The silk factory in Beijing was impressive, if for nothing else than the way in which it pointed out what an American I really am.

Our local guide, Maggie, was having a much easier time than her usual days. Instead of 20-30 people under her care, she had only my sister and I. Even at our worst, herding us around the city was a walk in the park compared to her usual toil. For those three days, she probably felt like she was getting paid to take a vacation.

Enter the silk factory and showroom. Imagine if you will, one of the smaller Walmart locations, filled with nothing but racks and shelves of tastefully displayed silk finery. To this day I still have never seen anything quite like it.

The service from the staff was outstanding, if a bit on the smothering side of the line. Being as it was the middle of the day, this massive showroom had, besides my sister, myself and our guide, maybe two to three other shoppers. The entire time I perused the stock, there were two young Chinese women tasked with following me around. Any time I would pause in even the most minute fashion, one of them would snatch up whatever item caught my eye, holding it up for me to inspect. It wasn't so much that they were pushing me to buy as it was making sure that I only had to extend the most minute amount of energy in my endeavors. Despite knowing why they were doing this, it didn't make it one bit less annoying. Leave me alone so I can shop in peace, please.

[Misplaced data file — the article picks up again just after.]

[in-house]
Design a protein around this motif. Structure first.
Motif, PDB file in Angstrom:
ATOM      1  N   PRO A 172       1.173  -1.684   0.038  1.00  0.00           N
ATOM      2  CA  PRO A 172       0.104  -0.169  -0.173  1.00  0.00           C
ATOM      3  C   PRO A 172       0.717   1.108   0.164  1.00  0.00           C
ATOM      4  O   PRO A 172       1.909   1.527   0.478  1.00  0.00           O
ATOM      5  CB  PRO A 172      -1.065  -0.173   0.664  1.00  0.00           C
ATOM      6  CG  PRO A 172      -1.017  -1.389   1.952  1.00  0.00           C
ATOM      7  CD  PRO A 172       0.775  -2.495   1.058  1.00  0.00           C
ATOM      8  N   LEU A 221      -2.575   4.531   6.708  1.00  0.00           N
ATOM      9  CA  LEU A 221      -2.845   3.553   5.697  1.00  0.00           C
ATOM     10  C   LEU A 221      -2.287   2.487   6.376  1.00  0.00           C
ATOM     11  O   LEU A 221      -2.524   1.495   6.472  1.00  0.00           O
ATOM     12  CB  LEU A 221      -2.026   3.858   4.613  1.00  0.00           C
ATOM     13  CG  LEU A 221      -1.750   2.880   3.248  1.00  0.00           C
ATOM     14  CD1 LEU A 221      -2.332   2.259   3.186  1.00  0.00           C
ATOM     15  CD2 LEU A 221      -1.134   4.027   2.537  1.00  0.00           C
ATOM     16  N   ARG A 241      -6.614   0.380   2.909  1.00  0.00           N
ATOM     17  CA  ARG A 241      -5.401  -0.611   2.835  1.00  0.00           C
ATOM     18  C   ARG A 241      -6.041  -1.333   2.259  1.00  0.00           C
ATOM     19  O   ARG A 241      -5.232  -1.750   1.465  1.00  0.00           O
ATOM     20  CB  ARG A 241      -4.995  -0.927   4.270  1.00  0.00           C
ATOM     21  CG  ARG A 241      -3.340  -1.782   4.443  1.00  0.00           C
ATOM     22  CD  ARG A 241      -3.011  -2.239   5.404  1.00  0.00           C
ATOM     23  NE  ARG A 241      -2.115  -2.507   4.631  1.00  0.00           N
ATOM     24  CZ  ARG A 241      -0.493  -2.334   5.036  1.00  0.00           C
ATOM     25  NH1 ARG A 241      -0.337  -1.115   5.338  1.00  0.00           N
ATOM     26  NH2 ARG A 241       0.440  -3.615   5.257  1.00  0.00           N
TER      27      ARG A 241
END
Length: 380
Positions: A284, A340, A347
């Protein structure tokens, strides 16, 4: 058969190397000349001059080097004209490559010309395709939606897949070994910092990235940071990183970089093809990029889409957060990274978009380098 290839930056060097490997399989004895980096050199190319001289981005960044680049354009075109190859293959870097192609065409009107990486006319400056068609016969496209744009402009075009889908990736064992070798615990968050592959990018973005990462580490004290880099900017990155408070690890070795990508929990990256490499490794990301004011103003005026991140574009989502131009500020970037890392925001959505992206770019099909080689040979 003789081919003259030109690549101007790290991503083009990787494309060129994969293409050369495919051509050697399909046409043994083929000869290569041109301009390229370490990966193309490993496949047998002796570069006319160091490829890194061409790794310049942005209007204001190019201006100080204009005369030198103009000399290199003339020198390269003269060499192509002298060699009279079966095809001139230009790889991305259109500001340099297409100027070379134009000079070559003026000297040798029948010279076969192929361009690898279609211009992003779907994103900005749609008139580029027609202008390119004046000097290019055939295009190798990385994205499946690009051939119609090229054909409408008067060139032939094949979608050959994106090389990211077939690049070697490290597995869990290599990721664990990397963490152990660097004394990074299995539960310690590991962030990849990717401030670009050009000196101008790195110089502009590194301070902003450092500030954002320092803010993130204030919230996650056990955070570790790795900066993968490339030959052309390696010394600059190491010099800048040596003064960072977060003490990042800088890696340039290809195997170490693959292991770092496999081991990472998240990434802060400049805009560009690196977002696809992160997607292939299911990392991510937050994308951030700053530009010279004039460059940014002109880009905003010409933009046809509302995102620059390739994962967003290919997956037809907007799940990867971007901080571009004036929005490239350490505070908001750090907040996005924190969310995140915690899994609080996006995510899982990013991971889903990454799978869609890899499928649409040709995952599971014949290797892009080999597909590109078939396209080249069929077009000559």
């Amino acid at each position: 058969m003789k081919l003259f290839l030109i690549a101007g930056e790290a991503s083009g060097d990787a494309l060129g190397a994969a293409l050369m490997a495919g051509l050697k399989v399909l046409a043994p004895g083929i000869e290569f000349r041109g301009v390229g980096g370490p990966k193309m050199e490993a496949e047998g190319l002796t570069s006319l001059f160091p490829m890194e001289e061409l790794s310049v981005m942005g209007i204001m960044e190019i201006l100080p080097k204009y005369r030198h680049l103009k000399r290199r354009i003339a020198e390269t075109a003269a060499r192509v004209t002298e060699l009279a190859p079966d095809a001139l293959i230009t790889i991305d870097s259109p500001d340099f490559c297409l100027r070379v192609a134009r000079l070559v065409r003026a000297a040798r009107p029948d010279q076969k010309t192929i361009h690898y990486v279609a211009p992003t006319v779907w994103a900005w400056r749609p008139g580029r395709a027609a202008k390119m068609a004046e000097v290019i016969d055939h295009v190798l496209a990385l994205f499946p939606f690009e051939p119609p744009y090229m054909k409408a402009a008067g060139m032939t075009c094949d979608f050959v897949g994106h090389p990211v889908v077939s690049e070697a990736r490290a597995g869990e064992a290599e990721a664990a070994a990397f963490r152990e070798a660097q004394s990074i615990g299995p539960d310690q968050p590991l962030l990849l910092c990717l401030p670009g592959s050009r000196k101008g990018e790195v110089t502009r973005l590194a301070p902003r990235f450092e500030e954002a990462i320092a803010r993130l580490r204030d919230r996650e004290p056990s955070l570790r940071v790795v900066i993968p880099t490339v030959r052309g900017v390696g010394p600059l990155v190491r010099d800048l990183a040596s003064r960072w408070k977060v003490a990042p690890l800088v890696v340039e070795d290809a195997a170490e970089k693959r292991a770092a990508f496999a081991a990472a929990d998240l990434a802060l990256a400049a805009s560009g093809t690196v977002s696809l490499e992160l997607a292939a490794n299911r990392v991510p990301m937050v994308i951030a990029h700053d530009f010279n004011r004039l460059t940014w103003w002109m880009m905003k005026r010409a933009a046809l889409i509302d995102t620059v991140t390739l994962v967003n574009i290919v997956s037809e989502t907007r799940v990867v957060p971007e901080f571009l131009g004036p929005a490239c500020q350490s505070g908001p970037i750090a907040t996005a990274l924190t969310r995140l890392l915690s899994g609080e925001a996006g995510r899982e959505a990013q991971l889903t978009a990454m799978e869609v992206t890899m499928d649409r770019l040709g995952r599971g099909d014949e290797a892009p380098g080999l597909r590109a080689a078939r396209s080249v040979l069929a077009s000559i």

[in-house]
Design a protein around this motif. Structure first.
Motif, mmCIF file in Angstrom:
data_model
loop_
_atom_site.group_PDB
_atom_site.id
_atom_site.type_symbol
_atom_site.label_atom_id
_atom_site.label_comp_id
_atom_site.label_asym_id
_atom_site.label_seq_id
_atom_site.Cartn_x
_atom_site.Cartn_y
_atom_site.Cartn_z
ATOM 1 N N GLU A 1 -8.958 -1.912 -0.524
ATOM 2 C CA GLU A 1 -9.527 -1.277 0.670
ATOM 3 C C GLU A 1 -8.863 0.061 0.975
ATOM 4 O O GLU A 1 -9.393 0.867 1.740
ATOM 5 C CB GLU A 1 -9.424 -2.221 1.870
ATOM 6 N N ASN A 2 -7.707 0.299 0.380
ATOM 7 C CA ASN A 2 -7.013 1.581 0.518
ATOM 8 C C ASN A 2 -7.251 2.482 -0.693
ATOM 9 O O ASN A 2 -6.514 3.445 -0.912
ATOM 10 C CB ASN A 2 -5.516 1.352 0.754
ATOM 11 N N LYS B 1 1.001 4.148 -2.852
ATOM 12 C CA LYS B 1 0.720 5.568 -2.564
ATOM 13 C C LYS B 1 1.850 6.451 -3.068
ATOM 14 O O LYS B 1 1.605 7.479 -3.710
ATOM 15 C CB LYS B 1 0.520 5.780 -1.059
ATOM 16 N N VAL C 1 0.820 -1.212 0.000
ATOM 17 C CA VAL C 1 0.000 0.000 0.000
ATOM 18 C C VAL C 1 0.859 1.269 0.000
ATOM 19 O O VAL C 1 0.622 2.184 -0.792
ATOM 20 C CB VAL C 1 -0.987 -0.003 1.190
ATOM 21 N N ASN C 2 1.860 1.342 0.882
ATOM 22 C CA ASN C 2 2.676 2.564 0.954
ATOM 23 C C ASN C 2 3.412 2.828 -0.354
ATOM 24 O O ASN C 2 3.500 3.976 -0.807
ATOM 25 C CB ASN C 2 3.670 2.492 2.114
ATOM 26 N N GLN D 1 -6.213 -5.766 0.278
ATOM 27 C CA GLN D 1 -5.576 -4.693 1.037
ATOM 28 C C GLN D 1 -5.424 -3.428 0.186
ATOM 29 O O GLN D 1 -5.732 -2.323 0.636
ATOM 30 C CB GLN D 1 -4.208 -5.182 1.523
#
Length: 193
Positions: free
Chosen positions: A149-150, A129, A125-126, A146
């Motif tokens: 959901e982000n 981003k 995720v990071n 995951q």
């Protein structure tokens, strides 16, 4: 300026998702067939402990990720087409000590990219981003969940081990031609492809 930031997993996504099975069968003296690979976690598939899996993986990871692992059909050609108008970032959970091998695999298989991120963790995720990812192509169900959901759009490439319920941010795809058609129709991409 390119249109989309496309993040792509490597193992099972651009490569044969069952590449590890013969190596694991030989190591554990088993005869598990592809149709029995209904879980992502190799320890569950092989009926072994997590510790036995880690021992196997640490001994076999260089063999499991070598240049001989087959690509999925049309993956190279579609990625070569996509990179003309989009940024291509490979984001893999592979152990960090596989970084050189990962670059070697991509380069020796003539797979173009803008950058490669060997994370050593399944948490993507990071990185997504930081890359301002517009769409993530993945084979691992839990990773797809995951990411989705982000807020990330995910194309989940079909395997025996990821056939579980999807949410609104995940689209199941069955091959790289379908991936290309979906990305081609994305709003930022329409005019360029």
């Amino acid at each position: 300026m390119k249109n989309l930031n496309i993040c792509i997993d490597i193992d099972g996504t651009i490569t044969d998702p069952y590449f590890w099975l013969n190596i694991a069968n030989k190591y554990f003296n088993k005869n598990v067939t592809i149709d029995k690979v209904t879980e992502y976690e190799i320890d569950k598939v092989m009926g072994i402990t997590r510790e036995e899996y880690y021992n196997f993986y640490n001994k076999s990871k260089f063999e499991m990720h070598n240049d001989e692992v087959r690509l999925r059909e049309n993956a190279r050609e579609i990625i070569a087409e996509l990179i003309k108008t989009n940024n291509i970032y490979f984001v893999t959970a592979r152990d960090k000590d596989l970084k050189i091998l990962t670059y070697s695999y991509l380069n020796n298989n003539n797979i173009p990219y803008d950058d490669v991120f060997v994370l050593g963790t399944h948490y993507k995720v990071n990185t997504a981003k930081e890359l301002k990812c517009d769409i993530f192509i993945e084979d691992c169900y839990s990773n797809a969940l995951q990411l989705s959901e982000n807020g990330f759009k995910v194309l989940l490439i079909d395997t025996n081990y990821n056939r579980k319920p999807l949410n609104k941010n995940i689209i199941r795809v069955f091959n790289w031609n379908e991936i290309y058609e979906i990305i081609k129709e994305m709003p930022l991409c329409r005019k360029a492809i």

Since silk isn't something I've worn since that unfortunate time in the mid-90s when it was in fashion, the clothing wasn't really of much interest to me. I didn't know my girlfriend's (at the time; now wife) size and I wasn't about to buy anything for her as returns were not going to be possible without another very long plane ride.

Realizing this, our guide directed me to the bedding section. I had just purchased a new bed a year or so prior, my first adult furniture purchase, and the old, cheap and shabby comforter I had been using was in serious need of replacement. A silk comforter from China would make a fantastic accent for my bedroom; yes, it would.

Finding a pattern I liked wasn't much trouble and I spied a likely candidate fairly quickly. As I pulled the queen sized version off the shelf (my shadows had stopped following me long ago as they had given up on me as a hopeless case), our guide took it from my hands, correcting me that I had clearly not read the sign correctly as I picked the wrong size one up.

Confused, I asked looked again at the shelf, re-read the tag and confirmed to her that I had picked up the correct one. She again told me I had not because there is no way a single guy in his late 20s who was not married and had no children could have a bed that large, all to himself.

The look of shock on her face when I assured her that I not only could, but did, was a moment where I was reminded yet again that I really did live a privileged life here in the US. My house, which I lived in by myself, was likely larger than the apartment that she shared (and paid for) with her retired parents.

Maggie and I got along well in those few days, but I still think she was in a perpetual state of shock the entire time, at how ridiculous it was for me to have a bed of that size all to myself.